August 17, 2017

Brent Skorup’s Comments on ISPs and First Amendment Rights

Brent Skorup

Senior Research Fellow

For years, Apple, Twitter, Facebook, Google, and other tech companies have pulled down, rejected, or demoted user content that contains nudity or harassing, extremist, and other offensive content. Many Internet service providers likewise offer “clean” Internet access to children and discerning families. In light of recent violent protests, many tech and Internet companies are reevaluating their policies about whether to host, display, or transmit offensive content posted by Internet users.

These companies—much like a bookstore or a cable TV operator—have a First Amendment right to police, moderate, and reject content that they do not wish to be associated with. As one federal district court has noted, “Liberty of circulating is not confined to newspapers and periodicals, pamphlets and leaflets, but also to delivery of information by means of fiber optics, microprocessors and cable.” In fact, Congress passed Section 230 of the Communications Decency Act to encourage Internet service providers, search engines, and websites to moderate online content.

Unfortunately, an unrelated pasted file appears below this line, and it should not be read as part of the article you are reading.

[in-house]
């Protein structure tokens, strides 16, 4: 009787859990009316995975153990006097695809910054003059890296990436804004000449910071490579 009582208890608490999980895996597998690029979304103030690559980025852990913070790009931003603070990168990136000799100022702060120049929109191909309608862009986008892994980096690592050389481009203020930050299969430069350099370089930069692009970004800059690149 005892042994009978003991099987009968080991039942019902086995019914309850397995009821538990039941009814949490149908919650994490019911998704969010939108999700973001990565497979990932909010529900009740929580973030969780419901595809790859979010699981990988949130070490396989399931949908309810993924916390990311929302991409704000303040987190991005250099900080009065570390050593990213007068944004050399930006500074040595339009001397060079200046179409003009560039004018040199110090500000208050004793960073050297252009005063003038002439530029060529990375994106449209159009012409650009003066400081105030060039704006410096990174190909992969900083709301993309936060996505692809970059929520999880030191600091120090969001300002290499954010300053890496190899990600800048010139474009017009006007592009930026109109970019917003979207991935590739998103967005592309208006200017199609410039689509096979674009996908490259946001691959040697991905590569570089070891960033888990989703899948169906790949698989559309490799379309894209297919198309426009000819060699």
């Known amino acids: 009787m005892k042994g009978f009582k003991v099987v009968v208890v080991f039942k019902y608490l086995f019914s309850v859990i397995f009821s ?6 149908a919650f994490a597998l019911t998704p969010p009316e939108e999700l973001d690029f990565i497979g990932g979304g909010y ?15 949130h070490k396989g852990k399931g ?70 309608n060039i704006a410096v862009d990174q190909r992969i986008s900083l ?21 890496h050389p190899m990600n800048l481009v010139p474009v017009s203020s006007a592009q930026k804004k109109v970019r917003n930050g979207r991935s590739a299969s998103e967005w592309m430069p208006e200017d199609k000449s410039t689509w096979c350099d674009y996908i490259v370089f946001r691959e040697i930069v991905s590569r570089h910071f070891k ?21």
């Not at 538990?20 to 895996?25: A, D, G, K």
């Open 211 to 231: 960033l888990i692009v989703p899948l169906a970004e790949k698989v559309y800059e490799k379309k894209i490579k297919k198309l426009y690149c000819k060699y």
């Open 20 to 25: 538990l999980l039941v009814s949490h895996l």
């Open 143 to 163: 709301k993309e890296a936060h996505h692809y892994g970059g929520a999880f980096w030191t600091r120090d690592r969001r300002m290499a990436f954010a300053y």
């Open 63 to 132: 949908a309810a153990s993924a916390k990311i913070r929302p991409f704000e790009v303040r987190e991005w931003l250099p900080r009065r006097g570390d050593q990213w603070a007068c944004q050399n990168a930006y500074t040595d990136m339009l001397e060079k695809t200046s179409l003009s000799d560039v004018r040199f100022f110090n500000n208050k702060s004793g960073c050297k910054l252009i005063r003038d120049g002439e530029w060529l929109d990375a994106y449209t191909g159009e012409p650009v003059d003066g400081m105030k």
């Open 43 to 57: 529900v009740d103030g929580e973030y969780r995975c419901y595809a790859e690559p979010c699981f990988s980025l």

Recent events will stimulate important debates about the wisdom of private censorship by the tech industry and the nature of the open Internet. However, the First Amendment protects against government regulation of speech and the press. There is generally no constitutional problem when tech companies reject content from users on their private networks and platforms.